Sleep is a need, not a luxury; the only thing a lack of sleep prepares you for is to function below your potential. Asking a teenager to suffer sleep deprivation now in order to prepare for the real world is like asking a toddler to give up his nap in order to prepare for Kindergarten.
Going to bed earlier is not a solution. Adolescents need about 8.5-9.5 hours of sleep a night, which is more than adults need. In addition, their sleep cycle shifts about two hours later, so that they have trouble falling asleep before 11 p.m. These changes occur in all human adolescents (and many other mammals) and are temporary. When they are adults in the real world, their sleep patterns will be adult sleep patterns. It is not coddling to allow a teenager to get enough sleep any more than it is coddling to allow them to get enough to eat.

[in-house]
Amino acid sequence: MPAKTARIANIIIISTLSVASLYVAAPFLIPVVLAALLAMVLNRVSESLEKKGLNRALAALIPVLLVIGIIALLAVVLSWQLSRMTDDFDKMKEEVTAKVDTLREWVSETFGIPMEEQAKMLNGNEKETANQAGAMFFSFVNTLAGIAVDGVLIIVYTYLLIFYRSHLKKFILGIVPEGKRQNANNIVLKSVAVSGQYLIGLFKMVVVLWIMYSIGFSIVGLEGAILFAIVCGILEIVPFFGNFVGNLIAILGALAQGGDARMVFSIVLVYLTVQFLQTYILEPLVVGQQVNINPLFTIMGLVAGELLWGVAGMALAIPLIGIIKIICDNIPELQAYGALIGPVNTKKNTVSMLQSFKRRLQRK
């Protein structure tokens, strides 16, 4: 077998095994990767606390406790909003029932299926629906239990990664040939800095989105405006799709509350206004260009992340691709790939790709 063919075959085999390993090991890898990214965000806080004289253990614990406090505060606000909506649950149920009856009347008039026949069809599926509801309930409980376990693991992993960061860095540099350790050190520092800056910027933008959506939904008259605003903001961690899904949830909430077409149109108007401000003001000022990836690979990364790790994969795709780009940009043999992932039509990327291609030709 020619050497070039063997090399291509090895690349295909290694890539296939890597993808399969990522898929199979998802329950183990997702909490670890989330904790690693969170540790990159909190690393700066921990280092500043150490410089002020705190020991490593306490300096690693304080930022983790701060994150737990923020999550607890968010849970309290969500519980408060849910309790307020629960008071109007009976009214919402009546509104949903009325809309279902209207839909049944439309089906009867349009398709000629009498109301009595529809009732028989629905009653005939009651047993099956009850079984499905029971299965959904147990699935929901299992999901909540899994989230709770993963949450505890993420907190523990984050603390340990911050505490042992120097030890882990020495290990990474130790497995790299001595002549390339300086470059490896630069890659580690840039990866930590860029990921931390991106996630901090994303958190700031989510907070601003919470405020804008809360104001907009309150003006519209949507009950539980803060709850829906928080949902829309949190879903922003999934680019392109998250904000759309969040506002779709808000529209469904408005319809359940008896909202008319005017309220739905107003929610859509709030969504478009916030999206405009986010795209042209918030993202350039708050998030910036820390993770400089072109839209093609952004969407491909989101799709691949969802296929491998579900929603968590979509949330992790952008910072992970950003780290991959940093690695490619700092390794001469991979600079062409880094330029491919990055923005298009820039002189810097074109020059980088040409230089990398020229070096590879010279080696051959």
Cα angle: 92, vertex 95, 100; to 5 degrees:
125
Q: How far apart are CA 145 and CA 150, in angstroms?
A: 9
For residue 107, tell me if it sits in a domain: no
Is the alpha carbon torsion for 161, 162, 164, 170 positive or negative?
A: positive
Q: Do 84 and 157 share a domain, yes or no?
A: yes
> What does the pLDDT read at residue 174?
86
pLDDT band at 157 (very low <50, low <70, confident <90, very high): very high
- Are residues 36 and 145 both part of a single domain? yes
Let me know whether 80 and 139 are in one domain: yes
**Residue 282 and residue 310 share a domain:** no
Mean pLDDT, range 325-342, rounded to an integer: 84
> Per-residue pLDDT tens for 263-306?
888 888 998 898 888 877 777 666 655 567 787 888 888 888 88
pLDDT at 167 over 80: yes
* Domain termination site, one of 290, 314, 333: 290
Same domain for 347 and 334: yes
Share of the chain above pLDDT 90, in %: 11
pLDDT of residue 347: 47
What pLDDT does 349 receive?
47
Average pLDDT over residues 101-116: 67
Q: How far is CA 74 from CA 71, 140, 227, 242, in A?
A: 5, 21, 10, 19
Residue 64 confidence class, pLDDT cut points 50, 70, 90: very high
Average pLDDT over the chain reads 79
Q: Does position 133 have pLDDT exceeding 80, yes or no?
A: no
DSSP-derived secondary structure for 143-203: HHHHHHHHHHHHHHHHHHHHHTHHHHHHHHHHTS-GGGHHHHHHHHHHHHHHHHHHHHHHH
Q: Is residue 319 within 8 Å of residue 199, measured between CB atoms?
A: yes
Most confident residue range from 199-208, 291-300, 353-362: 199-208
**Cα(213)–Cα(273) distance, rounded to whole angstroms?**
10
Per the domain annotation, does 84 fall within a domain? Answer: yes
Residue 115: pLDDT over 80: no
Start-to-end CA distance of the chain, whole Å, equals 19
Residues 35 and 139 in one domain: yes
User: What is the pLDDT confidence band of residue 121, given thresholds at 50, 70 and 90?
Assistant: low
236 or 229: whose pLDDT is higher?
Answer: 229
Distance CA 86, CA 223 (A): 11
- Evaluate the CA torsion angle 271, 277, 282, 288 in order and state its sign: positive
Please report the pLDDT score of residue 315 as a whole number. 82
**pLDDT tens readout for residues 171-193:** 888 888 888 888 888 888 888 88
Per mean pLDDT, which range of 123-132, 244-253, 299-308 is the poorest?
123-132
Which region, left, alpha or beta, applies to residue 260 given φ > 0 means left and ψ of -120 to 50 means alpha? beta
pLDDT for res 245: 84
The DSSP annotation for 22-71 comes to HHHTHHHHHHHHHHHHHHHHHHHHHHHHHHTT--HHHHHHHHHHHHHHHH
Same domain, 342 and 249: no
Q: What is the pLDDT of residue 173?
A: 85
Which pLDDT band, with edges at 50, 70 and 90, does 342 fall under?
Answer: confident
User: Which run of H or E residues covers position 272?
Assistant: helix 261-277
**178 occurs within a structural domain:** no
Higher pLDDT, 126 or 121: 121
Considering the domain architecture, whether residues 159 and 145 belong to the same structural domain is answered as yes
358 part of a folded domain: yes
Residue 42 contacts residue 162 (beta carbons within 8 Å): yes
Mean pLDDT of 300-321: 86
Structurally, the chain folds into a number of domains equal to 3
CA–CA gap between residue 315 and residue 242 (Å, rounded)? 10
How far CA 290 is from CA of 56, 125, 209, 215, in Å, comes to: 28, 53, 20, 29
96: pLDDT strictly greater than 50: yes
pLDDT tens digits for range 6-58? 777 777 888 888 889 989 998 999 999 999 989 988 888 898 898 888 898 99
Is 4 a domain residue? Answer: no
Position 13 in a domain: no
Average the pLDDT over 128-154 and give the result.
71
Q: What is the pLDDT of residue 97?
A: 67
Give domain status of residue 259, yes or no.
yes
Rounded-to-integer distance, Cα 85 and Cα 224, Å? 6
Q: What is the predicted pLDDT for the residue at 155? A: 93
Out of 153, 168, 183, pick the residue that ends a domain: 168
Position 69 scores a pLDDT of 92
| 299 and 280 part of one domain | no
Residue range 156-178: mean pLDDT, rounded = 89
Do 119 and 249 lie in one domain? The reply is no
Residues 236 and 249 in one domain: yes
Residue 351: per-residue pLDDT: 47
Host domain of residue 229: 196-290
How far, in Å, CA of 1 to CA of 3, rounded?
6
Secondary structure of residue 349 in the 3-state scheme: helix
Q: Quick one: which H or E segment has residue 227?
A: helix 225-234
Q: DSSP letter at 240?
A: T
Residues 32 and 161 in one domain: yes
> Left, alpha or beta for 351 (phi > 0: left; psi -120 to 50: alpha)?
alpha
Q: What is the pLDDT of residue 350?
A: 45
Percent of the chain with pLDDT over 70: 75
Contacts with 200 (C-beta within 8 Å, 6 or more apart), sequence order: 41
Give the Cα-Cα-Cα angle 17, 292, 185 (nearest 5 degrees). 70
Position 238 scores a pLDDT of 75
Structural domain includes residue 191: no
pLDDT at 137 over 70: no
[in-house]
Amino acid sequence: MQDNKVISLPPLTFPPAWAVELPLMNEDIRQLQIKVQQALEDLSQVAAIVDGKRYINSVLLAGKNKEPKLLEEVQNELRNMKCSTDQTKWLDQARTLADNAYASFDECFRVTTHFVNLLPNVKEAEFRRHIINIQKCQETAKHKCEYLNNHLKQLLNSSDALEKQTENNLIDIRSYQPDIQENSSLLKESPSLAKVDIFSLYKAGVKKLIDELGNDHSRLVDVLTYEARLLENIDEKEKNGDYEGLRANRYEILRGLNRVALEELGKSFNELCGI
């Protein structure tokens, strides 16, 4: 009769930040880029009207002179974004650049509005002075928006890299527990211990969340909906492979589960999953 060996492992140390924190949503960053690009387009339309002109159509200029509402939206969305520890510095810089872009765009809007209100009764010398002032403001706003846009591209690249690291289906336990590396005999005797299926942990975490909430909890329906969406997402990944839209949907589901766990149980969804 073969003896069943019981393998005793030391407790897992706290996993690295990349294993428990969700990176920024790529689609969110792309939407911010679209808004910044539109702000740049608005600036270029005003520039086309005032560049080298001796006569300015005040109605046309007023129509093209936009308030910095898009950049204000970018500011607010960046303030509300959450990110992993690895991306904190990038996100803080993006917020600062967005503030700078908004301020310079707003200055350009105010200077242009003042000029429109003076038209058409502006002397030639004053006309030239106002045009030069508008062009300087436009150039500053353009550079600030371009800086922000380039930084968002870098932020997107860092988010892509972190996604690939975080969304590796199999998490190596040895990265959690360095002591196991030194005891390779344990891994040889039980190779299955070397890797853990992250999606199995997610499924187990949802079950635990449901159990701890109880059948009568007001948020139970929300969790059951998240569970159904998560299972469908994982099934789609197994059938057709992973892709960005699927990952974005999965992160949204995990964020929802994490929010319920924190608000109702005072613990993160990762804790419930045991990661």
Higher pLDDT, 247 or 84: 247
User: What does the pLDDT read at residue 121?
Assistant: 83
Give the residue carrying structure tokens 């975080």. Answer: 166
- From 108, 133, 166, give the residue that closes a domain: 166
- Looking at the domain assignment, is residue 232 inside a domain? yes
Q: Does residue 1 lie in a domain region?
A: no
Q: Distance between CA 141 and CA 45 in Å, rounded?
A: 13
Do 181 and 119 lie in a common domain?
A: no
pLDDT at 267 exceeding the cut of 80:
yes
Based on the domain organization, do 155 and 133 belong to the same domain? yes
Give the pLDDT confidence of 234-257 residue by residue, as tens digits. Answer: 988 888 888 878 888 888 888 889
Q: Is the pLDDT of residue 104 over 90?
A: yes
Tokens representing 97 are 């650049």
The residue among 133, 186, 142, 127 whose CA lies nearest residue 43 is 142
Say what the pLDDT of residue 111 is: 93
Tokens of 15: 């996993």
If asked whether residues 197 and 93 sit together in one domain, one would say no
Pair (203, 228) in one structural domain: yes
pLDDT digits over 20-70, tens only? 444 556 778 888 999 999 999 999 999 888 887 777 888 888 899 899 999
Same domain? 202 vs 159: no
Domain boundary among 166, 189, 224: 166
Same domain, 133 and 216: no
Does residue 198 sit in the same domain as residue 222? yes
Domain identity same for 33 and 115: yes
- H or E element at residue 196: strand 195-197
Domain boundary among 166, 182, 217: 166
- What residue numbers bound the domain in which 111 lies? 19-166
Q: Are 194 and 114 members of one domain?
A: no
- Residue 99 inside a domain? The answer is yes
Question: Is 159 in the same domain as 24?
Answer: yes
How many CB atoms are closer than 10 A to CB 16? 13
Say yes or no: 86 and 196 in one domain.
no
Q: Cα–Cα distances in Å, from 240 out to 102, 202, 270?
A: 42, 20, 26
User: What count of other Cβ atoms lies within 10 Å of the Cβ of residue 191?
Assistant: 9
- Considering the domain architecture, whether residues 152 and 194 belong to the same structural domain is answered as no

Even universities have started to push class start times back. It is hard to do a randomized control study of the impact of start times - most high schools can't have half the kids start at 7:30 and the other at 8:30. But the US Air Force Academy did it and researchers found that the first year students who started after 8 performed better not just in the morning but all day:
"Results show that starting the school day 50 minutes later has a significant positive effect on student achievement, which is roughly equivalent to raising teacher quality by one standard deviation."